How Do You Explain Death to Children?
Death is quite a difficult subject to discuss and explain, especially when it comes time to talk to children about it. For example, when a death occurs in the family, telling your children about it can be both complex and painful, especially if you feel overwhelmed by the emotion yourself. Here are a few tips prepared by Crématorium Montréal to explain the concept of death to children, with tact and delicacy.
Finding the right words so as not to worry your children
Sometimes it can be tempting not to use certain words when it comes time to talk to your children about death. However, it is recommended instead that death be explained in language that is easy to understand and in the right words. Comparisons that may frighten children should be avoided at all costs. For example, by telling them that Grandma has fallen asleep, children may be afraid that they will fall asleep and never wake up. Comparing death to a long trip should also be avoided, as the children may have hopes that the deceased loved one will come back, or may become nervous about another loved one going on a trip. If the deceased person was very ill, it should be emphasized that the illness they had was incurable. Because otherwise children could become anxious at the thought of having a cold, as they don’t yet know the types of illnesses and their actual consequences. Just use the real word and say that Grandpa had cancer or that he had been infected with COVID and that no medication or treatment could have saved him.
Reading to help make it more understandable
Reading to your children often helps to find the right words to explain various situations in life. There are many books adapted to your children’s age and these will give you a chance to stop for a moment to discuss death, through words and illustrations adapted to your children’s level of understanding. When reading, be reassuring and encourage your children to express their emotions. Even if your children are very young, they will be able to try to express themselves in their own words, which will do them a lot of good. There are many available books that can help you simplify the concept of death in clear and concrete terms. You may consult the list prepared by Naitre et grandir on their website (under Le deuil) for some suggestions adapted to children, or consult your local bookstore or library, where the staff will be pleased to advise you.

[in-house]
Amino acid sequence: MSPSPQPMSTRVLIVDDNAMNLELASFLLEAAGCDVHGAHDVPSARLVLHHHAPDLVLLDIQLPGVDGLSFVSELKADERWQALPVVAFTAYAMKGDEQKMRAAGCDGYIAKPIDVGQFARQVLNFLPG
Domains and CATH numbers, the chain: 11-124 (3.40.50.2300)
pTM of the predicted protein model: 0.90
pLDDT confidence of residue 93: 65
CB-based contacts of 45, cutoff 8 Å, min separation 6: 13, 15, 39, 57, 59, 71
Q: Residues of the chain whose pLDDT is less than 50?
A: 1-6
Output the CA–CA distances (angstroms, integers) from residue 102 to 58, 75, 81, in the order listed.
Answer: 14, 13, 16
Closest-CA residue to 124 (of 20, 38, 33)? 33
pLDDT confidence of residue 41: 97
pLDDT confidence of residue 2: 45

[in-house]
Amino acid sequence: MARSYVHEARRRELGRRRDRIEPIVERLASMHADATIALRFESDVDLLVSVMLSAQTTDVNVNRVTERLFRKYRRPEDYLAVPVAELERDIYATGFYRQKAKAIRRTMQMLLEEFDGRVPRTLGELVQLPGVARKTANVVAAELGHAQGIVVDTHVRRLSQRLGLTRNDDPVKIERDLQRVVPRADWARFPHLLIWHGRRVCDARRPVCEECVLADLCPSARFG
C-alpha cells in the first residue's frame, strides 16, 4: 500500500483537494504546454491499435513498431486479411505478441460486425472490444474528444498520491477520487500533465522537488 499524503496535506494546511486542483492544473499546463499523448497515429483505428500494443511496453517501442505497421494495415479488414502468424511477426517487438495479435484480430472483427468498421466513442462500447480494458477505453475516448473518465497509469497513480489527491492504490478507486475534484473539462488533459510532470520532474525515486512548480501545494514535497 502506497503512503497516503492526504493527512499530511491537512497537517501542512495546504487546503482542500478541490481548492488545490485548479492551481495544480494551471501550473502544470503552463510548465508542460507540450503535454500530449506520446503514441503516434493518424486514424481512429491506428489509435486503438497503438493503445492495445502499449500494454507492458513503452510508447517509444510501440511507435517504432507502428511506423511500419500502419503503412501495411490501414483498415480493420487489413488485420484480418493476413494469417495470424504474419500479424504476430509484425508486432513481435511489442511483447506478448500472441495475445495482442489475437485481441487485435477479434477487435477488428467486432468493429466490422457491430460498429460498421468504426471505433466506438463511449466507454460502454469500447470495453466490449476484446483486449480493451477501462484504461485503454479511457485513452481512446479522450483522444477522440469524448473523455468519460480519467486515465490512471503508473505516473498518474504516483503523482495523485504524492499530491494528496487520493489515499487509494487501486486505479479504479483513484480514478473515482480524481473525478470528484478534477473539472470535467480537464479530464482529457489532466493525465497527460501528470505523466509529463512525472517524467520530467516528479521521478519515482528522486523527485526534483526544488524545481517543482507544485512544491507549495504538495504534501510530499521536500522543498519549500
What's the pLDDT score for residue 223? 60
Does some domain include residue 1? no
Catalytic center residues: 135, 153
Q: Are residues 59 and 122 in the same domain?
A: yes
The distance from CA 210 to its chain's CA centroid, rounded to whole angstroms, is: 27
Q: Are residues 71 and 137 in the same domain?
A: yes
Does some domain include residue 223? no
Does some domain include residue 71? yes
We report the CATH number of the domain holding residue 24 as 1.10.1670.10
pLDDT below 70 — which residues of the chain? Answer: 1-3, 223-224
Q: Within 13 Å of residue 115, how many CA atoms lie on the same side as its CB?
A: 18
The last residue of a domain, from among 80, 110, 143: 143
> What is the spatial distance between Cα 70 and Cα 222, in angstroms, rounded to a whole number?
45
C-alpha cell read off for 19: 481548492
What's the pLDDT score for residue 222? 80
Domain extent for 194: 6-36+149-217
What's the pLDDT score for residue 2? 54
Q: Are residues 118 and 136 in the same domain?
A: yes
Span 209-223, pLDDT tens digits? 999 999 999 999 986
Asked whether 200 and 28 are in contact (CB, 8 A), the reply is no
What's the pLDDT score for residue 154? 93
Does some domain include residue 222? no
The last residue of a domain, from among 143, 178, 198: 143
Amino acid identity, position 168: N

Keep the memory alive
To make sure your young children don’t forget the person who died, various rituals can be put in place. Hang up a picture of the deceased, surrounded by your family, to keep your lost loved one close at hand. Consider creating a keepsake box in which your children can keep objects or photos that remind them of the deceased. Bring back memories of taste by cooking one of Grandma’s recipes or listening to her favourite music. These are simple ways for your children to remember the deceased on a daily basis. You could also plant a tree in memory of your lost loved one, or do a special activity on the day of that person’s death. This activity could be related to the deceased’s passions, or you could cook a meal that your lost loved one enjoyed.
Your children will probably have many questions and you may have to repeat certain things that may be very abstract for them. What’s important is that you do it gently and, above all, not prevent yourself from becoming emotional. In this way, your children will learn to express their own feelings and realize that it is normal to cry, feel grief or anger. If you need support, don’t hesitate to contact the team at Crématorium Montréal, where we will support you through these difficult times with compassion and empathy.